Ninth Annual Student Medical Ethics Society Conference to Spotlight Medical and Jewish Perspectives on Pediatric Healthcare
Yeshiva University’s Student Medical Ethics Society (MES) announced today that it will be hosting its ninth annual Fuld Family conference, titled Protecting Their Future: Medical and Jewish Perspectives on Pediatric Mental and Physical Health, on Sunday, October 25 from 9:00 a.m. to 1:00 p.m. at YU’s Wilf Campus, 500 West 185th Street, New York, NY.
Through interactive panel discussion, the conference will explore the halachic implications of preventative medicine, childhood vaccinations, and the treatment of pediatric ADHD, adolescent suicide and depression, and teenage alcoholism.
“Because children are extremely vulnerable yet unable to ensure their own medical security, it is our responsibility to come together and discuss how we can safeguard their health and protect their future while staying within the boundaries of contemporary ethics and Jewish law,” said Yitzy Mayefsky, a senior at Yeshiva College and co-president of MES.
“The goal of this year’s conference is to strip away the obscurities and talk about common pediatric issues in a way that will allow attendees to gain a practical understanding of how they can provide a healthier environment for their children and students.”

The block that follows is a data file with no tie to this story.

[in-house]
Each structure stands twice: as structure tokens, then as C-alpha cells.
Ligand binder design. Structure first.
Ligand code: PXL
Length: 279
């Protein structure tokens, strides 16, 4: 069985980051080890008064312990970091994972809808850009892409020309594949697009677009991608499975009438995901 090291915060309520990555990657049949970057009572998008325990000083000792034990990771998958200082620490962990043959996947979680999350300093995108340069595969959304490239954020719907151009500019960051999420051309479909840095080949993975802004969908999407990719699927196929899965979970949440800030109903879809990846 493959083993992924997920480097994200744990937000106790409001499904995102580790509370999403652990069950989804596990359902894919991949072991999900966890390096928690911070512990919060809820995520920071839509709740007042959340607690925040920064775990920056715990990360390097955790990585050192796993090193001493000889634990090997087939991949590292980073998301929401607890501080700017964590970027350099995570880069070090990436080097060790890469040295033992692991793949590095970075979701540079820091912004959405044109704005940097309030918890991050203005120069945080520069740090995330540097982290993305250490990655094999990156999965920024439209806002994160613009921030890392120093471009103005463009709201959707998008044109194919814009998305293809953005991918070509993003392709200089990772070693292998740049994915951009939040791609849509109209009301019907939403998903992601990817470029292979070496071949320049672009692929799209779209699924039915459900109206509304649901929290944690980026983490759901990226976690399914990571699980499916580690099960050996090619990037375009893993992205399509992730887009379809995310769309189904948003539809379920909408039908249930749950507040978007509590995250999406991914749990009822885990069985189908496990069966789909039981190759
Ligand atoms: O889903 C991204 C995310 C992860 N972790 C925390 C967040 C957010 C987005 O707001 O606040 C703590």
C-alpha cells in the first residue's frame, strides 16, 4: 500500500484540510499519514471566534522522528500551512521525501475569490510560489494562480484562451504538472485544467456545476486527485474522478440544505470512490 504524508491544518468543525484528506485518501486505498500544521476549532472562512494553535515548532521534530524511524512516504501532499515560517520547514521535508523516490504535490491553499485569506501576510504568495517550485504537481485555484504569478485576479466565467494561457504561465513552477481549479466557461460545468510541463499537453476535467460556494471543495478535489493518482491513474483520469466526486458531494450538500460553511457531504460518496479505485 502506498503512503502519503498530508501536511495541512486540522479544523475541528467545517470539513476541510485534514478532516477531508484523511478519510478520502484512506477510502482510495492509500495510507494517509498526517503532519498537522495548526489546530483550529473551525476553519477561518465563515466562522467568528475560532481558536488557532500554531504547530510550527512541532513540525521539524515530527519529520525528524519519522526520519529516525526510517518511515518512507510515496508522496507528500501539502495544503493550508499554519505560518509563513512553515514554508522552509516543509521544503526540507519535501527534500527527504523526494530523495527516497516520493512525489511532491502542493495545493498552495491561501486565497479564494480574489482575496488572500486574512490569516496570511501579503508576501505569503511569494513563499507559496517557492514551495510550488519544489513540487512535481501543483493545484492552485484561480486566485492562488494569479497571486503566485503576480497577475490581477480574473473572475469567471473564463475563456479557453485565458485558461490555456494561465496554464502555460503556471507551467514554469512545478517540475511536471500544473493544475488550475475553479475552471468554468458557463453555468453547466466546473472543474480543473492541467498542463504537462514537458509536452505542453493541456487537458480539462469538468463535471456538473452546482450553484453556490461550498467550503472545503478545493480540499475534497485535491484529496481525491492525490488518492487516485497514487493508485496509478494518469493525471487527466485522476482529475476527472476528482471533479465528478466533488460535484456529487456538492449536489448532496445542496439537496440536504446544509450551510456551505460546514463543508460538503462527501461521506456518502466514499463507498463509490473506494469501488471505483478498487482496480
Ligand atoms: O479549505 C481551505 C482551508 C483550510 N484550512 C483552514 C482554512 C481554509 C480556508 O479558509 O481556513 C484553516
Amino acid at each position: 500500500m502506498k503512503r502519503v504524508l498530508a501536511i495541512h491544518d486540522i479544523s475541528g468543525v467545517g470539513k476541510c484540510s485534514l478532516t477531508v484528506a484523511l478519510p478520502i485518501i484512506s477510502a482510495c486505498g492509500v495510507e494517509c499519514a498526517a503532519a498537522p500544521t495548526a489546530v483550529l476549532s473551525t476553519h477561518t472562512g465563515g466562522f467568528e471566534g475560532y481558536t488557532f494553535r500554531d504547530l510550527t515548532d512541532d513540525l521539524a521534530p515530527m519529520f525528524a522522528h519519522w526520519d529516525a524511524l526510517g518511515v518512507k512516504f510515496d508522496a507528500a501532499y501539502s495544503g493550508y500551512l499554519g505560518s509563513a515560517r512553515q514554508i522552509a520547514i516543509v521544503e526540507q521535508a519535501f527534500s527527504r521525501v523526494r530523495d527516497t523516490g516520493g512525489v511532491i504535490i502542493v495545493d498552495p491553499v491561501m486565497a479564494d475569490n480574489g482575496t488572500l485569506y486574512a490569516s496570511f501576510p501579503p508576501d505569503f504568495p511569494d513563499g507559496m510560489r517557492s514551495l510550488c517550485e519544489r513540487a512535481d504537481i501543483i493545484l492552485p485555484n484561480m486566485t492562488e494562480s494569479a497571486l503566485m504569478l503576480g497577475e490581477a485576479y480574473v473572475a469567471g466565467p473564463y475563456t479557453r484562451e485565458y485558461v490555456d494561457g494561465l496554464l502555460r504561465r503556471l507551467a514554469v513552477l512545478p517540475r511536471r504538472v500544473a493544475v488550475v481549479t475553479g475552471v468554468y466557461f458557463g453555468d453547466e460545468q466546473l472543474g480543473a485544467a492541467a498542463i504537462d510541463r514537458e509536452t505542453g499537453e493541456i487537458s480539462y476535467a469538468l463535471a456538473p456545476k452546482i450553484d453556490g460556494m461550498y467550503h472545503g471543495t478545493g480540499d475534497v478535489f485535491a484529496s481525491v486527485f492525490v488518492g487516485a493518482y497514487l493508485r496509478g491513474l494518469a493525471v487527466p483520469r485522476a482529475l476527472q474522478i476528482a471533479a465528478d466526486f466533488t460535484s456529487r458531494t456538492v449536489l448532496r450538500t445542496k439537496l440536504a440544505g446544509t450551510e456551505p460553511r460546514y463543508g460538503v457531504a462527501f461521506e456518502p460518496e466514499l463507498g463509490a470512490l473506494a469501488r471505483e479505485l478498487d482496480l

The conference’s impressive list of panelists includes Dr. David Pelcovitz, PhD, Gwendolyn and Joseph Straus Chair in Psychology & Jewish Education at the Azrieli Graduate School of Jewish Education and Administration; Dr. Glenn S. Hirsch, medical director at the New York University Child Study Center; Dr. Yoni Schwab, PhD, assistant head of school at the Shefa School; Dr. Susan K Schulman, MD, pediatrician at Maimonides Infants and Children’s Hospital; and Dr. Barry Holzer, director of the Center for Attention Deficit Disorders.
“This year’s MES conference will also help participants gain a newfound appreciation for the supreme dedication and profound insight of the healthcare professionals who care for our children and ensure a healthier Jewish future,” added Rabbi Dr. Edward Reichman, conference chairman, mentor of the MES program and professor of emergency medicine at YU’s Albert Einstein College of Medicine.
MES, a student-run organization developed and under the guidance of YU’s Center for the Jewish Future, was founded in 2005 to promote education and awareness of medical ethics on campus. In just a few short years, it has grown from a small student group into a major campus organization running large-scale events and educational programming with University-wide participation. Previous MES conferences have dealt with organ donation, fertility, modern genetics, Jewish approaches to complex mental health issues, medical dilemmas borne out of the Holocaust, and the ways in which Israeli medical institutions utilize Jewish law to form national policy.
The conference is open to the public but pre-event registration is required. For more information or to register, please visit www.yumedicalethics.com.